What has been shown with the petrol price protest, I believe, is the ‘new politics’ of the 21st century. This new politics has proved to be energetic, fast, hi-tech and above all driven by ordinary people who got fed up and decided to do something.
In the past, it was government by and large that was stronger, better organised and more in charge of communications. This new politics is grass-roots based and springs from technology; the mobile phone, the internet, the media and globalisation.
Even though these tools are a little more than 10 years old, they are invaluable to this new politics with which, as people are just beginning to learn, they can start to take back the power from the politicians.
The Liberal Democrats have continually campaigned for a more honest approach.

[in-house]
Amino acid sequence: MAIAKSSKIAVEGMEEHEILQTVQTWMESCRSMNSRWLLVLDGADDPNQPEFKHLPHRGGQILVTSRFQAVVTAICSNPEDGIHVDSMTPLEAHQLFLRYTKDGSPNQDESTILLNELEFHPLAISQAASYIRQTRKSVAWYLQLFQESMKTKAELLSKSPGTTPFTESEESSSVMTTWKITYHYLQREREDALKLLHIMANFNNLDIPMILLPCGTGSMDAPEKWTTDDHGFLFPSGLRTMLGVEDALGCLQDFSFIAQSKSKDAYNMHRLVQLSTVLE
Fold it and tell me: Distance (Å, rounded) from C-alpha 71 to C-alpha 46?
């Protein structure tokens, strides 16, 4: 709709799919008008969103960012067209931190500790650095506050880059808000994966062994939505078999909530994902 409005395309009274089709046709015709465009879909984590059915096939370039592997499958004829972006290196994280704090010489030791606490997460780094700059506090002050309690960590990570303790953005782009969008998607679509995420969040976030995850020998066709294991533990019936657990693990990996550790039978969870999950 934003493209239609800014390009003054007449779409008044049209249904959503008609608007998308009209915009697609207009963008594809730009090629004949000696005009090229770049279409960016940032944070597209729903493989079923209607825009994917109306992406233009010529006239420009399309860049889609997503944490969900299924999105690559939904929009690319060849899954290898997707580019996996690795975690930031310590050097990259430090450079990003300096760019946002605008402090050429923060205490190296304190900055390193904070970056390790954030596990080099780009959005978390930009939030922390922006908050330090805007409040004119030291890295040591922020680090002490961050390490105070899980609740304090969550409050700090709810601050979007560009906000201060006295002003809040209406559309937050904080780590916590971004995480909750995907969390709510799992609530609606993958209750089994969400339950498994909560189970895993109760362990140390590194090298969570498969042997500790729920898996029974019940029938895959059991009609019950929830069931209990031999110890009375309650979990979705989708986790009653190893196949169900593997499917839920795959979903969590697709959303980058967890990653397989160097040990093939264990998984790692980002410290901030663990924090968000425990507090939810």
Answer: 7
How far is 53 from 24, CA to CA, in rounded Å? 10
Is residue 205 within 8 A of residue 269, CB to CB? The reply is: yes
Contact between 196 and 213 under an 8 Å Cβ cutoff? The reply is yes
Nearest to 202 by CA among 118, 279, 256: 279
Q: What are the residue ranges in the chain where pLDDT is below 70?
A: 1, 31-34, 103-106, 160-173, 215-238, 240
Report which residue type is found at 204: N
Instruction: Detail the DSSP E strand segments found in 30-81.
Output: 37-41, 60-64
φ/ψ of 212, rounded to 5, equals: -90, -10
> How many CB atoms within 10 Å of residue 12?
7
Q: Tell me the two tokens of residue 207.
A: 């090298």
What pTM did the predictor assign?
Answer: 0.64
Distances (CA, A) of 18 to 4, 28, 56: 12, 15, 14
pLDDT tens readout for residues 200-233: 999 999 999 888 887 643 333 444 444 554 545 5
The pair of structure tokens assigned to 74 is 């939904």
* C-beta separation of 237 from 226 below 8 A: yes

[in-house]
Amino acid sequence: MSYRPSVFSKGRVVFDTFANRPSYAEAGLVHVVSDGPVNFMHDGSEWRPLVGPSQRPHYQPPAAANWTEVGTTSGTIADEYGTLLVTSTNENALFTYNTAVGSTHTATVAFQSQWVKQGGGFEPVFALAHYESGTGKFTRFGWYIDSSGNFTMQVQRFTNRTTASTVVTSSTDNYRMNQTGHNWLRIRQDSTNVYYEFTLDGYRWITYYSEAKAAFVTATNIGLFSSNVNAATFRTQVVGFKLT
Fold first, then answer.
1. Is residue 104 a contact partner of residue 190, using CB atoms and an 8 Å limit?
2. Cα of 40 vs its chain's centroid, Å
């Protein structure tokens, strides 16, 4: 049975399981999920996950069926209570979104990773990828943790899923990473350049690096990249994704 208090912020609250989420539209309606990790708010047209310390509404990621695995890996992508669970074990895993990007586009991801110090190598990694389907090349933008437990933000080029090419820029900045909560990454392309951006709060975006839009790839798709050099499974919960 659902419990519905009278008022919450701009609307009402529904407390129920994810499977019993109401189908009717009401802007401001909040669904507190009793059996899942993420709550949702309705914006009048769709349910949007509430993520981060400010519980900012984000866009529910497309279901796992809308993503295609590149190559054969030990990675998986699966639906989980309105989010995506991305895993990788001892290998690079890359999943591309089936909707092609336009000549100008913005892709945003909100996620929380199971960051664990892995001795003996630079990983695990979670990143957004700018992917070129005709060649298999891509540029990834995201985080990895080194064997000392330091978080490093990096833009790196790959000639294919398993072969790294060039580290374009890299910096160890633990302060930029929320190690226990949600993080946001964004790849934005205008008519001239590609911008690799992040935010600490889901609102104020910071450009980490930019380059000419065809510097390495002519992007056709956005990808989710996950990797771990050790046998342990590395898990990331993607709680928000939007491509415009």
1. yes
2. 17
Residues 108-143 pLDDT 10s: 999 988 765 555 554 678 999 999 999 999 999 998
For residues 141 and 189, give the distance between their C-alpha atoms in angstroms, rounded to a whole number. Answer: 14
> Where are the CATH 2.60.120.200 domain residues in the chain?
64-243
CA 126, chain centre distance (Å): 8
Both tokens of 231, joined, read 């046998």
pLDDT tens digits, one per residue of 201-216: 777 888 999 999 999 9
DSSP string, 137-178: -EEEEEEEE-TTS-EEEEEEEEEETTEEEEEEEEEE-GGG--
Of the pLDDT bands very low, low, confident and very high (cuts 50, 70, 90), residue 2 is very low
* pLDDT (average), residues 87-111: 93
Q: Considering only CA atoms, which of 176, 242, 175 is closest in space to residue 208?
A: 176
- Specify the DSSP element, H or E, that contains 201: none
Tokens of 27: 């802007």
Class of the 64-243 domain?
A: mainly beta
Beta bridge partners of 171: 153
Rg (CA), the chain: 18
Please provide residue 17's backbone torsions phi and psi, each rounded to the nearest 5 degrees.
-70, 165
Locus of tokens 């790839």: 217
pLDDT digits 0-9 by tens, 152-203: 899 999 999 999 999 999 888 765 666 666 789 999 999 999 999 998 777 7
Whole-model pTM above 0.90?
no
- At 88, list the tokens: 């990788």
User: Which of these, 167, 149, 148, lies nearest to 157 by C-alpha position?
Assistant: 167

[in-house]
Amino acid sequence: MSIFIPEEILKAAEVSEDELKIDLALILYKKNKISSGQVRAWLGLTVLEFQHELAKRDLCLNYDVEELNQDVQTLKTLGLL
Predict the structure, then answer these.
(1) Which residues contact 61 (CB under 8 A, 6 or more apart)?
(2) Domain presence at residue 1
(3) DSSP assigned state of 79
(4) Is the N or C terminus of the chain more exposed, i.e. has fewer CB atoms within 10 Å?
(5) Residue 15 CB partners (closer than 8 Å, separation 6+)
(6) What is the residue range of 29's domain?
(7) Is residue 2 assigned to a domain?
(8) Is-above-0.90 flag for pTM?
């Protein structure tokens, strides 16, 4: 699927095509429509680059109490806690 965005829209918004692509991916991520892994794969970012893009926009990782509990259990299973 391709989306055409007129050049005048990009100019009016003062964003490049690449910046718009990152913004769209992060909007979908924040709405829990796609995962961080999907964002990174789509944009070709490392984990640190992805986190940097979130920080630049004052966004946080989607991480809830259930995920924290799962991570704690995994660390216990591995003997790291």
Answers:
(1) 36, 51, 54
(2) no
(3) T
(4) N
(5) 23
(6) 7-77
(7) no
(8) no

Take tax and spend. For improved services everyone knows the price is just a penny in every pound.
It is how you spend that counts – the value you give your consumer, the taxpayer. And in the information age, if government wants to spend, the voters can’t be deceived by stealth taxes, and will not accept them.
At the next election, people will be able to compare tax policies of each political party on the internet. So for issues like environmental taxes, it will be plain who voted against every Conservative and Labour above-inflation petrol tax rises and that if we say an environmental tax is necessary, then we will cut another tax to compensate.
In the new politics of the 21st century, politicians will need to be honest, because people have the power to keep them honest. The next general election in an information age will show us that the age of lies, sleaze and stealth taxes won’t work anymore, and that honesty isn’t the best policy – it’s the only policy.
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